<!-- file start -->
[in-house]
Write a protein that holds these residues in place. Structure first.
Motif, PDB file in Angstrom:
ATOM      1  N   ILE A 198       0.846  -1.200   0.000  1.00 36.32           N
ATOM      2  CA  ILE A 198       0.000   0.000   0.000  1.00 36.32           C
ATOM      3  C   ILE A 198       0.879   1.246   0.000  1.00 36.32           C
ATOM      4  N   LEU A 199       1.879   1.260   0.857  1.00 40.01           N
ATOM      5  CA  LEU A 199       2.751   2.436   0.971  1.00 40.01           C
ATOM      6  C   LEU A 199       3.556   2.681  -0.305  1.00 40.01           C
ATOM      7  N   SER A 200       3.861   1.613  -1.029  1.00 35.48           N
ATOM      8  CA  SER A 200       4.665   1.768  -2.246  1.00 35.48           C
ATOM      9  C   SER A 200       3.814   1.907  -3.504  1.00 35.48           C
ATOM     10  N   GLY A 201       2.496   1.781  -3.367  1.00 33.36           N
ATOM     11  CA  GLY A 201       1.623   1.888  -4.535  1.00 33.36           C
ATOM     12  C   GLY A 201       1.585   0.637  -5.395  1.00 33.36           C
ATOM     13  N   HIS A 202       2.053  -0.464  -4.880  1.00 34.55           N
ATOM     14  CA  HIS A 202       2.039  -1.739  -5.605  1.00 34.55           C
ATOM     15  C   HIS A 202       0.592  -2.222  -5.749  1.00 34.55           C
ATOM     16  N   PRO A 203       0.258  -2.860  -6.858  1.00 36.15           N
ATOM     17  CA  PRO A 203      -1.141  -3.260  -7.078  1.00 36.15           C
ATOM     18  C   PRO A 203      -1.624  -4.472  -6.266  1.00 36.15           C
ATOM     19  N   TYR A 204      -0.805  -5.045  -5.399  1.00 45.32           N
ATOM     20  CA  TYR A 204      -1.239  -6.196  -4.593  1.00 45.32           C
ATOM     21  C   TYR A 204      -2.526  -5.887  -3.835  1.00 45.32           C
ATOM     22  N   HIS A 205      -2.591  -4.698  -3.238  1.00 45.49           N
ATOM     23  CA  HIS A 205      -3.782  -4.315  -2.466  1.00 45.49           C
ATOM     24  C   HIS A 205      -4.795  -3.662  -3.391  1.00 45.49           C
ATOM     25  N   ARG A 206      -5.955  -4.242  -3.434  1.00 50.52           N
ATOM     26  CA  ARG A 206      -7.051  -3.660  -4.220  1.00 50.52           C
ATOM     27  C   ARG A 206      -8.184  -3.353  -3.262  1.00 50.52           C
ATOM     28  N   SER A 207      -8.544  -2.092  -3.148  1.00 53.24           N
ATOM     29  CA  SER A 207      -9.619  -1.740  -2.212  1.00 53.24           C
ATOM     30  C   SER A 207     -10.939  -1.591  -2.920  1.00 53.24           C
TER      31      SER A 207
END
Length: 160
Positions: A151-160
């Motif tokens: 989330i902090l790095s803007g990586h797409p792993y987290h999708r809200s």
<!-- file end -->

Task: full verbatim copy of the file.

[in-house]
Write a protein that holds these residues in place. Structure first.
Motif, PDB file in Angstrom:
ATOM      1  N   ILE A 198       0.846  -1.200   0.000  1.00 36.32           N
ATOM      2  CA  ILE A 198       0.000   0.000   0.000  1.00 36.32           C
ATOM      3  C   ILE A 198       0.879   1.246   0.000  1.00 36.32           C
ATOM      4  N   LEU A 199       1.879   1.260   0.857  1.00 40.01           N
ATOM      5  CA  LEU A 199       2.751   2.436   0.971  1.00 40.01           C
ATOM      6  C   LEU A 199       3.556   2.681  -0.305  1.00 40.01           C
ATOM      7  N   SER A 200       3.861   1.613  -1.029  1.00 35.48           N
ATOM      8  CA  SER A 200       4.665   1.768  -2.246  1.00 35.48           C
ATOM      9  C   SER A 200       3.814   1.907  -3.504  1.00 35.48           C
ATOM     10  N   GLY A 201       2.496   1.781  -3.367  1.00 33.36           N
ATOM     11  CA  GLY A 201       1.623   1.888  -4.535  1.00 33.36           C
ATOM     12  C   GLY A 201       1.585   0.637  -5.395  1.00 33.36           C
ATOM     13  N   HIS A 202       2.053  -0.464  -4.880  1.00 34.55           N
ATOM     14  CA  HIS A 202       2.039  -1.739  -5.605  1.00 34.55           C
ATOM     15  C   HIS A 202       0.592  -2.222  -5.749  1.00 34.55           C
ATOM     16  N   PRO A 203       0.258  -2.860  -6.858  1.00 36.15           N
ATOM     17  CA  PRO A 203      -1.141  -3.260  -7.078  1.00 36.15           C
ATOM     18  C   PRO A 203      -1.624  -4.472  -6.266  1.00 36.15           C
ATOM     19  N   TYR A 204      -0.805  -5.045  -5.399  1.00 45.32           N
ATOM     20  CA  TYR A 204      -1.239  -6.196  -4.593  1.00 45.32           C
ATOM     21  C   TYR A 204      -2.526  -5.887  -3.835  1.00 45.32           C
ATOM     22  N   HIS A 205      -2.591  -4.698  -3.238  1.00 45.49           N
ATOM     23  CA  HIS A 205      -3.782  -4.315  -2.466  1.00 45.49           C
ATOM     24  C   HIS A 205      -4.795  -3.662  -3.391  1.00 45.49           C
ATOM     25  N   ARG A 206      -5.955  -4.242  -3.434  1.00 50.52           N
ATOM     26  CA  ARG A 206      -7.051  -3.660  -4.220  1.00 50.52           C
ATOM     27  C   ARG A 206      -8.184  -3.353  -3.262  1.00 50.52           C
ATOM     28  N   SER A 207      -8.544  -2.092  -3.148  1.00 53.24           N
ATOM     29  CA  SER A 207      -9.619  -1.740  -2.212  1.00 53.24           C
ATOM     30  C   SER A 207     -10.939  -1.591  -2.920  1.00 53.24           C
TER      31      SER A 207
END
Length: 160
Positions: A151-160
């Motif tokens: 989330i902090l790095s803007g990586h797409p792993y987290h999708r809200s």